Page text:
4) (Pi-bonds and hydrogens omitted for easy viewing) Look at the pi-stacking in that puppy! Add sidechains for liquid crystal ordering and solubility. It can’t work! Will it work, intrinsic or doped?

    5) This is also obtainable (on paper) as an arbitrarily extended polymer. Append sidechains for solubility. Does it do something physically (rigid rod polymer!), optically (undoped) or conductively (doped) naughty?

    Calculate all you like. You cannot extrapolate outside your model’s assumptions. No physicist can even contemplate making said compositions of matter. The knowing is only vested in the looking. (What physicist can look into a stereogram?)

  4. #4 rob
    May 20, 2009

    need i point out that it was a couple chemists that “discovered” cold fusion?


  5. #5 Excited State
    May 21, 2009

    The quote attributed to Einstein above was actually said by Ernest Rutherford.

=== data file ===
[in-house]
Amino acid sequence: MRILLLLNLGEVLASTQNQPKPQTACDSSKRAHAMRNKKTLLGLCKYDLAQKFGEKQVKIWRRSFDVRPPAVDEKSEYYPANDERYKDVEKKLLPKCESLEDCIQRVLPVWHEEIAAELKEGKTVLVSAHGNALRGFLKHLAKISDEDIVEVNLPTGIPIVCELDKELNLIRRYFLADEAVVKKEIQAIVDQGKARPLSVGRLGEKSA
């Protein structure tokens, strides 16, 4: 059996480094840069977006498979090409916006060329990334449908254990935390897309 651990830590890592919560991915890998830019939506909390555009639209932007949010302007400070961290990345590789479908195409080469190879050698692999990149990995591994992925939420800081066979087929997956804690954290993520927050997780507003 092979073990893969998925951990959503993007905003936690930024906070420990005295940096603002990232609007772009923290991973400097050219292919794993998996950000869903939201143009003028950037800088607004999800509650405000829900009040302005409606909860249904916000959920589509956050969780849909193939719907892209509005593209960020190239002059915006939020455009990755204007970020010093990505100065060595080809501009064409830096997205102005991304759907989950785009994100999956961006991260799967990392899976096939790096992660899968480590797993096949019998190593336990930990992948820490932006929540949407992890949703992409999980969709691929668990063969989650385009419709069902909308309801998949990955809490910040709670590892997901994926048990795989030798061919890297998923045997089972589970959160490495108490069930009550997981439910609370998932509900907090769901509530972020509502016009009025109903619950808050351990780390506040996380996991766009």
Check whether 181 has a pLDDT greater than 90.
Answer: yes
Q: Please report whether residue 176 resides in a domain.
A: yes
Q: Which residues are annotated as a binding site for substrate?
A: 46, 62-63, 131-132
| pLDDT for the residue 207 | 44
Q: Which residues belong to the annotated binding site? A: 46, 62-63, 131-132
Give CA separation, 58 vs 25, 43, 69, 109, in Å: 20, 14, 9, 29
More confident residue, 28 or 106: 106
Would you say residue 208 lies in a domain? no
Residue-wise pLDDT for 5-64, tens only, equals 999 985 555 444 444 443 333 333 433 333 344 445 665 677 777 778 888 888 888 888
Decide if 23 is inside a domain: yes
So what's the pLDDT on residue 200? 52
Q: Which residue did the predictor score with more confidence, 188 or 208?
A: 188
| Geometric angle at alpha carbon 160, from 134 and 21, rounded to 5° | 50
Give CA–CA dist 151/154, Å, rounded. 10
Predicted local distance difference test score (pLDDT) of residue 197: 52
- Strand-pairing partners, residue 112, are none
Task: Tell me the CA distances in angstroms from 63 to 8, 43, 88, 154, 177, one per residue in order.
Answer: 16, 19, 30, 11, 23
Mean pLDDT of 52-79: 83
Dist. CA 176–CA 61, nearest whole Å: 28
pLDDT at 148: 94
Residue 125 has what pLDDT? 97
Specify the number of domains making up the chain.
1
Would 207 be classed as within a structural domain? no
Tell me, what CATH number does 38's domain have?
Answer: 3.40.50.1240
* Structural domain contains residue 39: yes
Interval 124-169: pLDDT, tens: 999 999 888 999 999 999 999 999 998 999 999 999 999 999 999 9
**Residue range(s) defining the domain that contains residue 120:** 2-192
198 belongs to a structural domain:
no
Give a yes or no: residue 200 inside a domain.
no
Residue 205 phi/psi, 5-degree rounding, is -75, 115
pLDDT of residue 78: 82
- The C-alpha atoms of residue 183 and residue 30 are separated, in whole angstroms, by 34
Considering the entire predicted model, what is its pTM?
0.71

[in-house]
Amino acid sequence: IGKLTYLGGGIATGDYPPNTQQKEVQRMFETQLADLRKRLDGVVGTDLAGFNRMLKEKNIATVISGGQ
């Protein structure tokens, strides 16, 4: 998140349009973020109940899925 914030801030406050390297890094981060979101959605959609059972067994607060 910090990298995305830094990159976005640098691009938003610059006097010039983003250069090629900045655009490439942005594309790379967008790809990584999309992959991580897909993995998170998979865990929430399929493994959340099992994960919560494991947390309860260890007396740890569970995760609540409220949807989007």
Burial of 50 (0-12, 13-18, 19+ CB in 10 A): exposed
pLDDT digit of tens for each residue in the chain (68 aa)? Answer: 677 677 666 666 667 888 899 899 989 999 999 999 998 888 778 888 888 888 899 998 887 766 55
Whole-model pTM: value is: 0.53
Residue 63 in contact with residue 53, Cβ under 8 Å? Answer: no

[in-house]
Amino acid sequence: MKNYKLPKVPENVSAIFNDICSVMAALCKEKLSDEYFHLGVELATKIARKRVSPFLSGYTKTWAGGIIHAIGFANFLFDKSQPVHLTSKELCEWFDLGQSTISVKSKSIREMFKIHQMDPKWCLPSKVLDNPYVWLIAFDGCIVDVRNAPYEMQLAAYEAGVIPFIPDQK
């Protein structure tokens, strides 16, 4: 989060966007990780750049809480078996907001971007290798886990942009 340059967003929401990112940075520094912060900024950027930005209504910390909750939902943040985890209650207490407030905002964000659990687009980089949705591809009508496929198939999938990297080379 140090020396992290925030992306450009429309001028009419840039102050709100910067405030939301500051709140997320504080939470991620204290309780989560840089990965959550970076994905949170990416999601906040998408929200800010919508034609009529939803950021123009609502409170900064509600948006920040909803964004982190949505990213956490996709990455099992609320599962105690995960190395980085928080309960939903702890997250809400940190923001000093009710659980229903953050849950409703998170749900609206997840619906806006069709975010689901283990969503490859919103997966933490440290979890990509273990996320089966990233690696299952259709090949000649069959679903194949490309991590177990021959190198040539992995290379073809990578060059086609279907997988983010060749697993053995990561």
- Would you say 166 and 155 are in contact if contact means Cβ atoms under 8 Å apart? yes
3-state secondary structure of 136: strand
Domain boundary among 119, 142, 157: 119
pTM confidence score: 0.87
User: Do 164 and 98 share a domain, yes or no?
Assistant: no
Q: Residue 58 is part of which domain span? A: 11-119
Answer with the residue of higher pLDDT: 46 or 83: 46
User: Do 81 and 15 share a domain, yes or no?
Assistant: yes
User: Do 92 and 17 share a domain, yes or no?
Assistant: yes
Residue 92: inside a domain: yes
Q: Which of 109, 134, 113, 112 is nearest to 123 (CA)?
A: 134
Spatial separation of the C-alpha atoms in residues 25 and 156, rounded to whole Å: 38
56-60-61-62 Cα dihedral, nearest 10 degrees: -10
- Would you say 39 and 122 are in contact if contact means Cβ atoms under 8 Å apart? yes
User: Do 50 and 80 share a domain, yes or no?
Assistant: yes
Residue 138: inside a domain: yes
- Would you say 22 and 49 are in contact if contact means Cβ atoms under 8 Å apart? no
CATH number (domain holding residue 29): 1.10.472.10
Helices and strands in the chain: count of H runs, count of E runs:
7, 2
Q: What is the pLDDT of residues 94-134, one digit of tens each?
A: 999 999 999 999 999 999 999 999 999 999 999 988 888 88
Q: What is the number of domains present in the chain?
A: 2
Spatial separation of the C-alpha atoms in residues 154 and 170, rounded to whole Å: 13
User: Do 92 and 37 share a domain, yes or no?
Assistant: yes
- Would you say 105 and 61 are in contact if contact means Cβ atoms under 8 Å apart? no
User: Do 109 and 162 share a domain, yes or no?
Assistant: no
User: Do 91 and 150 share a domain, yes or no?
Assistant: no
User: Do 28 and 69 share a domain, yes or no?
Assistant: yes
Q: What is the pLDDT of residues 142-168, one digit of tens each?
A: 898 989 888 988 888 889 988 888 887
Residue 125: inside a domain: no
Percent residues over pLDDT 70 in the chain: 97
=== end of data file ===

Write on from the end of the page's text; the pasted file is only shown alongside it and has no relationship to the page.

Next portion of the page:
6. #6 Doug Natelson
    May 22, 2009

    I think that at some point we will be able to model fluids by modeling the individual particles instead of something like the Navier-Stokes equation.

    Why would we want to do that? That would be like abandoning the ideal gas law and instead trying to track all the molecular trajectories. It seems like you really don’t like statistical mechanics (and thermodynamics). Stat mech, IMO, turns out to be a phenomenally profound piece of science.

    Physics is all about finding the right language to describe problems at the desired level of approximation. Rather than solving the Schroedinger equation for the many-electron problem of the electronic structure of H2O, we’ve found that it’s reasonable shorthand to assume that the electrons live in molecular orbitals described as linear combinations of hydrogen-like wavefunctions. (That gives us the bond angle.) Chemistry (as in Lewis dot structures) is one level of abstraction that’s proven useful. Continuum mechanics (ignoring the atomic granularity of matter, as in the Navier-Stokes case) is another.

  7. #7 Rhett
    May 23, 2009


    Good point. I do like statistical mechanics, but maybe I just chose a bad example. I really don’t know why someone would model fluid dynamics at the particle level – but Bill Gates also didn’t think anyone would need more than 16 kb of memory in a computer.

    What about at the nanascale level? When do you model something with macro properties and when do you model it at the particle level?

  8. #8 Rob
    May 23, 2009